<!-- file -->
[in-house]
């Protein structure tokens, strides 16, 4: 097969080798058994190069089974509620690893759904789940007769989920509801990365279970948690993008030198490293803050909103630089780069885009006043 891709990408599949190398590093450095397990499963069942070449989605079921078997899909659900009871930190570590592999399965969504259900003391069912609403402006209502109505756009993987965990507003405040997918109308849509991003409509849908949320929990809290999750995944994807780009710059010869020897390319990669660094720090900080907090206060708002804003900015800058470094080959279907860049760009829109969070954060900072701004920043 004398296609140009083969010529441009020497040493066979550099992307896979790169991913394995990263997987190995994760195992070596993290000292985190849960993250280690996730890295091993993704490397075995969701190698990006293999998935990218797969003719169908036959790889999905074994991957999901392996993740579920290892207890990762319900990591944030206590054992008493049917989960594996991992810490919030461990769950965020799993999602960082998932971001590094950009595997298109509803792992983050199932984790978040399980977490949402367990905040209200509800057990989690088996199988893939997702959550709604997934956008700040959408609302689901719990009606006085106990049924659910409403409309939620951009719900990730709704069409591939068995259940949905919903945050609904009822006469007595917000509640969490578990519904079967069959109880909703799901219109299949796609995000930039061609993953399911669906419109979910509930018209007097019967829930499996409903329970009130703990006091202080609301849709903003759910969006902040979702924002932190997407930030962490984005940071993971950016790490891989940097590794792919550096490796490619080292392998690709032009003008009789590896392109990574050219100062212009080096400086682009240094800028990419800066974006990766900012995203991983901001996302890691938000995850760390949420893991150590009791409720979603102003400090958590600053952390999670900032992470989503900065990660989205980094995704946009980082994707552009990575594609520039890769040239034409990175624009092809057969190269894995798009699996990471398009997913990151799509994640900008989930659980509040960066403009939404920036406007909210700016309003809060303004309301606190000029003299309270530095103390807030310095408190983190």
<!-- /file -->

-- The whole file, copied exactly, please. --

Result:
[in-house]
């Protein structure tokens, strides 16, 4: 097969080798058994190069089974509620690893759904789940007769989920509801990365279970948690993008030198490293803050909103630089780069885009006043 891709990408599949190398590093450095397990499963069942070449989605079921078997899909659900009871930190570590592999399965969504259900003391069912609403402006209502109505756009993987965990507003405040997918109308849509991003409509849908949320929990809290999750995944994807780009710059010869020897390319990669660094720090900080907090206060708002804003900015800058470094080959279907860049760009829109969070954060900072701004920043 004398296609140009083969010529441009020497040493066979550099992307896979790169991913394995990263997987190995994760195992070596993290000292985190849960993250280690996730890295091993993704490397075995969701190698990006293999998935990218797969003719169908036959790889999905074994991957999901392996993740579920290892207890990762319900990591944030206590054992008493049917989960594996991992810490919030461990769950965020799993999602960082998932971001590094950009595997298109509803792992983050199932984790978040399980977490949402367990905040209200509800057990989690088996199988893939997702959550709604997934956008700040959408609302689901719990009606006085106990049924659910409403409309939620951009719900990730709704069409591939068995259940949905919903945050609904009822006469007595917000509640969490578990519904079967069959109880909703799901219109299949796609995000930039061609993953399911669906419109979910509930018209007097019967829930499996409903329970009130703990006091202080609301849709903003759910969006902040979702924002932190997407930030962490984005940071993971950016790490891989940097590794792919550096490796490619080292392998690709032009003008009789590896392109990574050219100062212009080096400086682009240094800028990419800066974006990766900012995203991983901001996302890691938000995850760390949420893991150590009791409720979603102003400090958590600053952390999670900032992470989503900065990660989205980094995704946009980082994707552009990575594609520039890769040239034409990175624009092809057969190269894995798009699996990471398009997913990151799509994640900008989930659980509040960066403009939404920036406007909210700016309003809060303004309301606190000029003299309270530095103390807030310095408190983190």